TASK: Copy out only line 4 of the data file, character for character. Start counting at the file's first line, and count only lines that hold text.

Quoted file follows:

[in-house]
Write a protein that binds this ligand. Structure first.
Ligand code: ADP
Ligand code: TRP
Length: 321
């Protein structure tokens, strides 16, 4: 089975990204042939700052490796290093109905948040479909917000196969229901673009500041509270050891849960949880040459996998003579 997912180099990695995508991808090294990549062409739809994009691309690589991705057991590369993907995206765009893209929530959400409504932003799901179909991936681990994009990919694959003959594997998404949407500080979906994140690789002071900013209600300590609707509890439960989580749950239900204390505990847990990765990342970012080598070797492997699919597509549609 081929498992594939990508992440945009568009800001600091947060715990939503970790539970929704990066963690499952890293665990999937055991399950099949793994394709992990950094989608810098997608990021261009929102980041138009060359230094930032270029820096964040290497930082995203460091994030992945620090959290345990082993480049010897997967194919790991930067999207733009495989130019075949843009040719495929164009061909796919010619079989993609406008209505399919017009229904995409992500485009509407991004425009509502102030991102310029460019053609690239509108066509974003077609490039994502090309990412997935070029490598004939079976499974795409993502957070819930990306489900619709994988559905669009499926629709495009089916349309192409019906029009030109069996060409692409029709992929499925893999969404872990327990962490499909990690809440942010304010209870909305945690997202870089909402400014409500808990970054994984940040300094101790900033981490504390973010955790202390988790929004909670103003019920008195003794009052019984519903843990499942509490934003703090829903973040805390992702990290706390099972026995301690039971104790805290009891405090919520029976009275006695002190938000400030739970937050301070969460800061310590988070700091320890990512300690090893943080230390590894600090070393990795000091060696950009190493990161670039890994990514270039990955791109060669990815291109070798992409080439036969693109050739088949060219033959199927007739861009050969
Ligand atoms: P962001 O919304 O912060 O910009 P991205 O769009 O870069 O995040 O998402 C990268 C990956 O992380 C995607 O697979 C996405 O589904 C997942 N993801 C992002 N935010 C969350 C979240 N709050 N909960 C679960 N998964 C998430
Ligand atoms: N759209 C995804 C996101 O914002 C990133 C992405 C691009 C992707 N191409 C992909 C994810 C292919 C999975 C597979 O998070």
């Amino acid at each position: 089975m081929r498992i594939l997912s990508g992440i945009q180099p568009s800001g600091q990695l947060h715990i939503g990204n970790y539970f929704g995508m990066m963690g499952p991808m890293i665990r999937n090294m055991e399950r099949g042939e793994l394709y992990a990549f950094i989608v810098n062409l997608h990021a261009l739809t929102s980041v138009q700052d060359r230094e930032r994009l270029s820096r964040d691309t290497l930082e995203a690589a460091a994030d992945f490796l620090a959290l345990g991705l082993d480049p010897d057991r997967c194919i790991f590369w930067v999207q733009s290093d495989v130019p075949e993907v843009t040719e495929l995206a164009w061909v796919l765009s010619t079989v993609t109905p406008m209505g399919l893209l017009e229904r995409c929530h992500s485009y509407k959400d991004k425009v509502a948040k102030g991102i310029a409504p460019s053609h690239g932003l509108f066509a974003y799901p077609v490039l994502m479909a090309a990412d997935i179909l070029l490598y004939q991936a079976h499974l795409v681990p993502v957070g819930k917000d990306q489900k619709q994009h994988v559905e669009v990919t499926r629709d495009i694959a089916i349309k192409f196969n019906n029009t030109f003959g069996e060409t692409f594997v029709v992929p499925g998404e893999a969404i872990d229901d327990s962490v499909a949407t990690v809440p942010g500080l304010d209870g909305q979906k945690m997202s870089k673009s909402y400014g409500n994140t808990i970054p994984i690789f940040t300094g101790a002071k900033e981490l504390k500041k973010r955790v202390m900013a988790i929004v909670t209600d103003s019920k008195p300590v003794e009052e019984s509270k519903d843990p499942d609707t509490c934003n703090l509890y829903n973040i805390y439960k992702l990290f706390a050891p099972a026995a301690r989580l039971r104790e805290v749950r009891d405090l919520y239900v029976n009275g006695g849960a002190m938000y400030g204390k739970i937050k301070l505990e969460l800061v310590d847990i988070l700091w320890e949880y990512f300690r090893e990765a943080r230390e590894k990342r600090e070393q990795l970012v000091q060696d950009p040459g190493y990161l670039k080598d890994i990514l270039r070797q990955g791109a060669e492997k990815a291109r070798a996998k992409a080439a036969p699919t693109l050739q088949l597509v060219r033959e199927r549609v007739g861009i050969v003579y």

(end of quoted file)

Ligand code: TRP